Thanks for the advice I am new to forums so I am having a little bit of an issue posting pics and replying to messages with my phone.Sorry.


updated by @buzz: 09/07/22 03:35:02PM
Ken Longfield
Ken Longfield
@ken-longfield
3 months ago
920 posts

Robert Hutchinson was the maker of North Country dulcimers in Bairdsford, PA. Besides making dulcimers, he was known also as "The Kazoo Guy."A He is no longer building. The bridges on his dulcimers were unique. You can find some photos on the dulcimers on the internet. You will need to have someone custom make a bridge for you. If you can find someone who has a North Country dulcimer who would be wiling to trace the bridge for you, then whoever makes a bridge for you would have a pattern to work from. It will take some work, but shouldn't be too difficult.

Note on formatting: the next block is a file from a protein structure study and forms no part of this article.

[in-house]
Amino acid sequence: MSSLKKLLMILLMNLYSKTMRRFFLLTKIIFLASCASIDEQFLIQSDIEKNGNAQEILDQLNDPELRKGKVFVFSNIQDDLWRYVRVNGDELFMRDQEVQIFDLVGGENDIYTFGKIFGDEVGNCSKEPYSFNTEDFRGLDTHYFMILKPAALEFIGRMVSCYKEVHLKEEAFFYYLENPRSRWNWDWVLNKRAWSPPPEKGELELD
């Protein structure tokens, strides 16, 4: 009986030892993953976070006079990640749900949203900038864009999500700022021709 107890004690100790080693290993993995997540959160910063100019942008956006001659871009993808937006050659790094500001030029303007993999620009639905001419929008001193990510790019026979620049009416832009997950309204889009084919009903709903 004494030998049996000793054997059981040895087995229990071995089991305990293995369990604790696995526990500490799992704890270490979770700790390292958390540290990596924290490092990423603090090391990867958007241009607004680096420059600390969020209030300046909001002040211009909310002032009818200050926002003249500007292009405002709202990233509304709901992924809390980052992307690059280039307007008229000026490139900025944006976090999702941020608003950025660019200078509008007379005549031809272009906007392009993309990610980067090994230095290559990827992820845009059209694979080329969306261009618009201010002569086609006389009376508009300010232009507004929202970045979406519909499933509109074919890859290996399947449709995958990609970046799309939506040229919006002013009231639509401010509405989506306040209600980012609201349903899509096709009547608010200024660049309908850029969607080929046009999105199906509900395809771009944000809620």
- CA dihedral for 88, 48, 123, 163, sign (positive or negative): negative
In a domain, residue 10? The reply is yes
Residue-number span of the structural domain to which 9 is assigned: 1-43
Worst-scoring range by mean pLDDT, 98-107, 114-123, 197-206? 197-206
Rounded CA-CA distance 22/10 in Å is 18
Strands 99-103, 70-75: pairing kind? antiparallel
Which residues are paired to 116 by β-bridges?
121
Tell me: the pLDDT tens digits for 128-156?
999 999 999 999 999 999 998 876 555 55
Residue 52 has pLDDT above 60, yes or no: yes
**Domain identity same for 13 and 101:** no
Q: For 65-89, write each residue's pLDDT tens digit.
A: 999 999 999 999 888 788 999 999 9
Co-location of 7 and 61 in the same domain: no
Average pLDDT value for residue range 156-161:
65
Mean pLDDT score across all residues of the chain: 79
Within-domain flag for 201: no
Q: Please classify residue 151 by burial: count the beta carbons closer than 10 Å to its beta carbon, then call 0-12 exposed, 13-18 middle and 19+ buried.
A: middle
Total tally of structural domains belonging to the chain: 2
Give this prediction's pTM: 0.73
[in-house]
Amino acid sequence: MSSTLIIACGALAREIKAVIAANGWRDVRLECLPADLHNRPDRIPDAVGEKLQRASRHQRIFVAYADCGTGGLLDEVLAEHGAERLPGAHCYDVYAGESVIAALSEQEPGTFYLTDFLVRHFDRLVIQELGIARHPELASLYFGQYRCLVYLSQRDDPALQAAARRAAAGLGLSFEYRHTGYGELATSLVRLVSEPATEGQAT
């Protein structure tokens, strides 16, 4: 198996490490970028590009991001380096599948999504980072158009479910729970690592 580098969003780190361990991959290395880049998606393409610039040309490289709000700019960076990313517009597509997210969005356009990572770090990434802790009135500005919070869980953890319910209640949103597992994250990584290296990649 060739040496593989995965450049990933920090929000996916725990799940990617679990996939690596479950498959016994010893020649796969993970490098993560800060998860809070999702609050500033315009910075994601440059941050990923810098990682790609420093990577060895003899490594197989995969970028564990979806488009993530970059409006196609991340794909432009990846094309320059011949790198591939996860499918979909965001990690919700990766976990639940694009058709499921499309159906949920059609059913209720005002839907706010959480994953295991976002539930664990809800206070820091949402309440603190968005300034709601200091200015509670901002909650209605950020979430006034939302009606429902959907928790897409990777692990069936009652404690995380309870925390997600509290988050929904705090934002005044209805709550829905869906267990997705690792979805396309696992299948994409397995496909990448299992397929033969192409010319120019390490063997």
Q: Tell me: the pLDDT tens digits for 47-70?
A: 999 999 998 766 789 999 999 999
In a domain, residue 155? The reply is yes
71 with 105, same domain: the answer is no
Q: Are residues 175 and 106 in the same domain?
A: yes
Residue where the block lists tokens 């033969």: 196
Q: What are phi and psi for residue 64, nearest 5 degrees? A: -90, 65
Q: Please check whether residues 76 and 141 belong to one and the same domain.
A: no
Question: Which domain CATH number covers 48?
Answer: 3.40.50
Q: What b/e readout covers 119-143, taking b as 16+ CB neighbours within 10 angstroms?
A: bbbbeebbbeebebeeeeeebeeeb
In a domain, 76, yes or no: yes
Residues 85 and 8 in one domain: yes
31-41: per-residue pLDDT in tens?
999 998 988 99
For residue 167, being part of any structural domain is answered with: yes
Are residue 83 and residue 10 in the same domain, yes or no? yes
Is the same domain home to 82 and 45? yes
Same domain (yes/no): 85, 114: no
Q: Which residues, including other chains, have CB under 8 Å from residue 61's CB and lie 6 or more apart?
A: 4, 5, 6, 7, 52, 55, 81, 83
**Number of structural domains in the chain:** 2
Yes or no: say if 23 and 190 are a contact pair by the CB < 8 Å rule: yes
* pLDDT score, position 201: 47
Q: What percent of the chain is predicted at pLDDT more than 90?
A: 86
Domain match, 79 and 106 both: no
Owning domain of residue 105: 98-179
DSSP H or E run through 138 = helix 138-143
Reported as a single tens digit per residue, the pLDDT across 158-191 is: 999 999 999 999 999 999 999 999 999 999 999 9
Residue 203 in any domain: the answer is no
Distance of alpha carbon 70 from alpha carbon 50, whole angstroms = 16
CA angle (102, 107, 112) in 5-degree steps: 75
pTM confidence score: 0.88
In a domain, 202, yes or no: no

Ken

"The dulcimer sings a sweet song."

John Gribble
John Gribble
@john-gribble
3 months ago
123 posts

Hi, Buzz, Can you post a photo of the instrument, especially the section where you would strum? That would help us give an informed answer, as there are various different bridge styles.

Buzz
Buzz
@buzz
3 months ago
8 posts

Hello everyone,

 First off I am a newby to this forum and dulcimers and if I am doing this post wrong please let me know. I ran across my first dulcimer at a thrift store and was amazed by the instrument as I have been playing guitar for many years and even played violin back in school for a few years. Anyway the dulcimer I was lucky to find is an hourglass 38 inch 4 string made by North Country Dulcimers built in 1985 according to the tag inside. My problem is that it is missing the bridge..It is a beautiful instrument and I really can't wait to give it a try. My question is where would I find a bridge and where the placement of the bridge should go. Any help would be much appreciated. Thanks in advance.

Buzz